In recent months China has used its Cyber Security Law and advertising regulations to pressure various international firms into removing references to Taiwan as a country from their web sites and APPs. Now it’s taken the blackmail one step further: into our own backyard.
It’s been a dispiriting past few months, what with a number of global brands kowtowing to the authoritarian regime in Beijing and giving in to its “Orwellian nonsense” on its territorial expansionism.
Citing its domestic laws Cyber Security Law and advertising regulations, China has pressured dozens of international airlines, hotel chains and others into removing all references to Taiwan on their web sites and APPs that may suggest that the island-nation isn’t part of the territory of the People’s Republic of China.
Several companies, among them the Marriott hotel chain, Zara, Medtronic, Mercedes, Delta, Qantas, British Airways, Lufthansa, Air Canada and others, have yielded to the pressure and now list Taiwan as “Taiwan, China” or by other such formulations on their web sites. As if the humiliation weren’t enough, a number of firms have also issued “sincere apologies” for “failing” to respect China’s “territorial integrity.” With all this, the picture emerges of groups of businessmen and -women prostrating themselves before a Chinese emperor while gazing nervously, ever so often, at the status of their bank accounts.
China’s threat that it could investigate, and if necessary punish, firms under its Cyber Security Law and advertising regulations implies that companies operating in China could be breaking those laws if a customer in China accessed a web site or used an APP that “violated” China’s “territorial integrity.”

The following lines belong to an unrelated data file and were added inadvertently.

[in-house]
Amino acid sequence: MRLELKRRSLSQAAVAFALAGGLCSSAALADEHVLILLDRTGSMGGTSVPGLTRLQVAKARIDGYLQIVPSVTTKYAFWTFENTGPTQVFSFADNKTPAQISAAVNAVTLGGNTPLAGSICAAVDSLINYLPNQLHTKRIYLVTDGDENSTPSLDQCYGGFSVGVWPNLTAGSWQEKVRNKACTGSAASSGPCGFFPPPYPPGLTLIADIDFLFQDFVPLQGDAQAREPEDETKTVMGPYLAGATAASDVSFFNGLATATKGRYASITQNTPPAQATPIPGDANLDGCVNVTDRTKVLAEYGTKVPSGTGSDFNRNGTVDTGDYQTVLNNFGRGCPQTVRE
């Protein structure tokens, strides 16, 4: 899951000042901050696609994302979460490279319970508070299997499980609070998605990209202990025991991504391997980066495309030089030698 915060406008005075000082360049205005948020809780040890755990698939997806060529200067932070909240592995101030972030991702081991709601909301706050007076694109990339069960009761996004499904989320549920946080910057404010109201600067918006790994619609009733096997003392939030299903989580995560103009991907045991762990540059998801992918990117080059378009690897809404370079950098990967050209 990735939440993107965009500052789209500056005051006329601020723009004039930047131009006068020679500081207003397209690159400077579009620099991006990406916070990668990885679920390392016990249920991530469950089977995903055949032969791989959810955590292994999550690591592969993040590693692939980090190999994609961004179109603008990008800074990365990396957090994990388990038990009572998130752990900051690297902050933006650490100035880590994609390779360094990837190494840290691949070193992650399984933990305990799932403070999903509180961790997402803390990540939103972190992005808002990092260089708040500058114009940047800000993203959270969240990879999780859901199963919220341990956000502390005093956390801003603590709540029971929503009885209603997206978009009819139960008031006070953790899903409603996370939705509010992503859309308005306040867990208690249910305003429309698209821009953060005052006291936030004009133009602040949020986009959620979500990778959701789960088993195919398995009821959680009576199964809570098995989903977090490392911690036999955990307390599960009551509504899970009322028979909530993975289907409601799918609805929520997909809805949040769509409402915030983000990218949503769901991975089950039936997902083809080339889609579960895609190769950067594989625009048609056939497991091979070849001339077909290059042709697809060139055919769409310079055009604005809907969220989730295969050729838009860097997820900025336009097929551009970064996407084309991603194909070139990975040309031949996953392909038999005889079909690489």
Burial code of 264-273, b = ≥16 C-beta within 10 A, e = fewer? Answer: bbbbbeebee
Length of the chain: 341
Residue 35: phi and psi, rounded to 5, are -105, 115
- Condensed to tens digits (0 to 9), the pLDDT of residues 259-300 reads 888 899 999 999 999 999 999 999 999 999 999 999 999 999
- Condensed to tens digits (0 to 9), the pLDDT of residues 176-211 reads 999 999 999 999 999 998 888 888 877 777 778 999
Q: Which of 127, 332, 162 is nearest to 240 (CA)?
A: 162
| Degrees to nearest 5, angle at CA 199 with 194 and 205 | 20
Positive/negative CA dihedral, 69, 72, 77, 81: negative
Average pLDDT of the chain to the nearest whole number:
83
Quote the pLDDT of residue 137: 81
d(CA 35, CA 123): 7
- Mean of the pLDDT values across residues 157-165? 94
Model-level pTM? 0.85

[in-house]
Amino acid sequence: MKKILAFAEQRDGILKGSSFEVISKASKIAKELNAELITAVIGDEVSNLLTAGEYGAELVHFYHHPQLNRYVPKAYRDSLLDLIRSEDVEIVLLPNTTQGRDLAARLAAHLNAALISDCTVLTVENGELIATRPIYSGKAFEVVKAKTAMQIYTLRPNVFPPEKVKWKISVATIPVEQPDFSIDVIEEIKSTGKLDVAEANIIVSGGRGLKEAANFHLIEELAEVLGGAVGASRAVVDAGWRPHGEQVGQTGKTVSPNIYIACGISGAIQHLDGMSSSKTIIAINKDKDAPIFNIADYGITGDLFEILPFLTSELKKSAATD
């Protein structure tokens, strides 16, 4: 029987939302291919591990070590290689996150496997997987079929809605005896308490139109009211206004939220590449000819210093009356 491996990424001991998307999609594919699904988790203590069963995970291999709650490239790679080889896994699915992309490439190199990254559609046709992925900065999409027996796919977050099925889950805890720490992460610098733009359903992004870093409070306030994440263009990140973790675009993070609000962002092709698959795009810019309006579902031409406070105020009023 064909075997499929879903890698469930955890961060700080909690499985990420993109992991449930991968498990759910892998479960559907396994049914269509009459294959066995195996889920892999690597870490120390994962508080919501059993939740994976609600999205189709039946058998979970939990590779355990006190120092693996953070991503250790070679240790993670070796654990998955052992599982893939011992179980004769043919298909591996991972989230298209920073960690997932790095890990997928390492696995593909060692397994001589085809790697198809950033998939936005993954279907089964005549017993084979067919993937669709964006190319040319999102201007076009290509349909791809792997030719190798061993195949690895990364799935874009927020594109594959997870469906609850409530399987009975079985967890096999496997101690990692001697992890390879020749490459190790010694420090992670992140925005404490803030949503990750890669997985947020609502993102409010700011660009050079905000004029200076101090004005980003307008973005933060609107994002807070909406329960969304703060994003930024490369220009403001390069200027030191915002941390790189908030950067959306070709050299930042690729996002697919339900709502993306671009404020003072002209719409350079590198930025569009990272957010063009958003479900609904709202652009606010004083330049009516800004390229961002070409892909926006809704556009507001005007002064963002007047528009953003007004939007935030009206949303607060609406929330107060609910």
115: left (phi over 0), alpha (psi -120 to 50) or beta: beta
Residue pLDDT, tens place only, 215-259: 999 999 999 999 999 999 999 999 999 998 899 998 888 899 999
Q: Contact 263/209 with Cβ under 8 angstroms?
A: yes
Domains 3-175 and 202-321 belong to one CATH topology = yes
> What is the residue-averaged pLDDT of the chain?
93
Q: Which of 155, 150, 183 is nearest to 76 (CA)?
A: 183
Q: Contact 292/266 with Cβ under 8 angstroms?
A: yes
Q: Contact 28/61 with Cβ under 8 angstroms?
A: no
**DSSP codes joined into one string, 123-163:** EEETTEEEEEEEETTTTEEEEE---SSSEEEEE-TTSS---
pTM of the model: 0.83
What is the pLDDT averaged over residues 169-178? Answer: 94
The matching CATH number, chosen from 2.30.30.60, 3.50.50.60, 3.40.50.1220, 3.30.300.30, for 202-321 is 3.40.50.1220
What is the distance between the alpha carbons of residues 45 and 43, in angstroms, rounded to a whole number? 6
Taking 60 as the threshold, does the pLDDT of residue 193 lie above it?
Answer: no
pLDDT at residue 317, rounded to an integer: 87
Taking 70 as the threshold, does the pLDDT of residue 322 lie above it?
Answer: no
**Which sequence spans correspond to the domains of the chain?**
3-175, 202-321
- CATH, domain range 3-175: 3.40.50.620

But Beijing has now upped the ante by targeting yet another company, Gap, for selling a T-shirt in some overseas markets that “failed to reflect the correct map of China.” The T-shirt in question, a photo of which was taken at a store in Canada and shared on the social media Weibo, “omitted” south Tibet, Taiwan and the South China Sea.
Let me repeat: the T-shirts were sold at an outlet store in Canada.
Turning to its own Weibo account on Monday evening, Gap wrote, “Gap Inc. respects the sovereignty and territorial integrity of China. We’ve learned that a Gap brand T-shirt sold in some overseas markets failed to reflect the correct map of China. We sincerely apologize for this unintentional error.” The company added the products had been pulled from the Chinese market and destroyed.
What this tells us is that China’s pressure on global companies is no longer limited to their web sites and APPs, but also the very products they sell outside China. In other words, we’ve now transcended the Cyber Security Law and advertisement regulations and entered an entirely new area where China is pushing its extraterritoriality. It’s easy to see how this could quickly escalate — if we do not react and push back accordingly (see also here) — to a situation where films, books, apparel, toys, video games, maps and what not sold around the world could expose their makers to similar threats. In other words, wherever a product is sold, we could be allowing Beijing, as gross a violator of freedoms of expression as exists out there today, to decide what we print, say, write and design. At this rate, one day Beijing could threaten a firm for printing the words “democracy” on one of its products.
The absurdity of it all, and the fact that companies would give in to this kind of pressure, is Orwellian indeed. I don’t know about you, loyal reader, but my list of hotels, airlines and apparel makers whose business I will avoid at all costs is growing fast.